The Best Ways to Get Nutritional Value From Food

March 11th 2016

Alison Mowlds

If you’ve been making an effort to eat healthier, the last thing you probably want to hear is that there’s more to it than just adding more fruits and veggies to your grocery list. When it comes to actually getting the nutritional benefits from your food, many factors come into play, such as how fresh the food is when you buy it, how it is stored, how it is cooked, and what other foods you eat it with.

Research shows that fresh vegetables start losing nutritional value as soon as they are harvested and can actually lose up to 45 percent of their nutrients by the time they reach the grocery store. At this point, it is likely that it will still be several days before they are purchased, prepared, and consumed. Although this is not a reason to give up on vegetables completely (there’s still plenty of nutrients left!), it is something to consider when buying produce that wasn’t grown anywhere near the store where you found it.

There’s a lot of information out there about the best practices for buying, storing, and cooking your food, but it can be hard to keep it all straight, especially since different rules apply to different foods.

To help out, here are a few tips to help you maximize nutrition and get the most out of your food:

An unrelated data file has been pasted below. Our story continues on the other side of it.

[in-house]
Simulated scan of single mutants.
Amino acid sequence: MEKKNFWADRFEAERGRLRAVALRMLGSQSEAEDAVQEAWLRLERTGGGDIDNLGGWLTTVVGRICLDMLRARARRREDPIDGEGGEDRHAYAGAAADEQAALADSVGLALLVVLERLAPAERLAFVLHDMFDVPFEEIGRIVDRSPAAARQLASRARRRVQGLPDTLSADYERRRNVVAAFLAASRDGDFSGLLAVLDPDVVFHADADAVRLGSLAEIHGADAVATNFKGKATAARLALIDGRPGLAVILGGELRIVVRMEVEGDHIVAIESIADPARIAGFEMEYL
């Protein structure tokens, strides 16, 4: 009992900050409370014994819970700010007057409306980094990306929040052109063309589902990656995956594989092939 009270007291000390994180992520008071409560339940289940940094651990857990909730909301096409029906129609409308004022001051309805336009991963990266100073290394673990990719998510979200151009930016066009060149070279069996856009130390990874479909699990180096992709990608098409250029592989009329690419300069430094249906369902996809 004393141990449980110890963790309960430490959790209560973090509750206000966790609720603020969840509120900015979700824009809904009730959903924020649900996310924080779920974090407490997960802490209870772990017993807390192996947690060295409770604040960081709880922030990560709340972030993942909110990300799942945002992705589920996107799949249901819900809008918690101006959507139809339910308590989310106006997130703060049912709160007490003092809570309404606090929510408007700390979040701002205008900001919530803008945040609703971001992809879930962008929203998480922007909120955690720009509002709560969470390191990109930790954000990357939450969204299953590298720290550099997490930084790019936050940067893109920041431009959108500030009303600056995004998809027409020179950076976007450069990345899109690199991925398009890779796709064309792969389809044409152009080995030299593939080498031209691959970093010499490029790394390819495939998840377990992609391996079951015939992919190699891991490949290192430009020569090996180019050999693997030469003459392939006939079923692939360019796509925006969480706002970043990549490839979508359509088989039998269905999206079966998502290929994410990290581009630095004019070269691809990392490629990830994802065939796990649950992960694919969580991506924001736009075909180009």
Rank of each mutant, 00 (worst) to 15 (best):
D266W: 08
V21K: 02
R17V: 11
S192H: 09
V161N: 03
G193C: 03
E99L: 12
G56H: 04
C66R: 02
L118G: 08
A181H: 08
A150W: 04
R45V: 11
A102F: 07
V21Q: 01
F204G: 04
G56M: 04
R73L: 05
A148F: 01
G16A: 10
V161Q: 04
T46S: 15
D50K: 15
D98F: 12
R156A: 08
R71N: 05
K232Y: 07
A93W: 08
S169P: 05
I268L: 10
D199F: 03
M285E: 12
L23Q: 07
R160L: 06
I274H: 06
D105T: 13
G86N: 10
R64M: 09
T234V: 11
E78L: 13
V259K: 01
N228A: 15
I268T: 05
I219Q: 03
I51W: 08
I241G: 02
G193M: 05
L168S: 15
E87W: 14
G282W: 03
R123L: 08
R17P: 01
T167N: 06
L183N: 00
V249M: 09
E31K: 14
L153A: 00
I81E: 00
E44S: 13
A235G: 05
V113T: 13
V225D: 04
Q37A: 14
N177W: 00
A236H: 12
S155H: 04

1. Buy local and in season.

If you can’t, buy frozen. Frozen produce is often packaged shortly after it is harvested, and it actually retains more nutritional value than “fresh” produce that has been transported great distances.

2. If possible, don’t wash, cut, or prepare foods too long before you’re going to eat them.

Busy schedules often make it necessary to pre-wash, pre-cut, or pre-juice fruits and veggies so they’re ready to go when you need them, but these practices can cause the plant cell walls to break down, and the extra exposure to oxygen causes the food to lose vitamins and spoil more quickly.

3. Pay attention to which foods should be cooked and which are better eaten raw.

Some vegetables — such as carrots, tomatoes, leafy greens — need to be cooked to make the nutrients more absorbable and bioavailable. Others — especially those containing vitamin B1, vitamin B5, folate, and vitamin C — should be eaten raw in order to keep the vitamins and antioxidants intact. To make things more complicated, some foods — such as broccoli and spinach — lose some nutritional value no matter which way you go, and it is best to incorporate them into your diet both raw and cooked.

4. Try not to use too much heat or water when cooking.

In general, overcooking causes nutrients to be lost. This is important to remember when cooking garlic, which is best to add toward the end rather than the beginning of cooking so that you don't lose its antibacterial and disease-preventing qualities by exposing it to too much heat. Steaming and light sautéing are usually the best ways to prepare vegetables. Boiling is another healthy option, but since many nutrients can be lost in the cooking water, try saving it and using it as a base for soups and sauces.

5. When planning snacks and meals, think about how foods interact in your body.

While certain foods groups can cause digestive distress and block nutrient absorption when eaten together, some combinations of foods can boost your body's intake and incorporation of important vitamins and nutrients and promote overall health. Check out this helpful listof superfood combos to get a few ideas on how to pair foods in order to maximize their nutritional potential.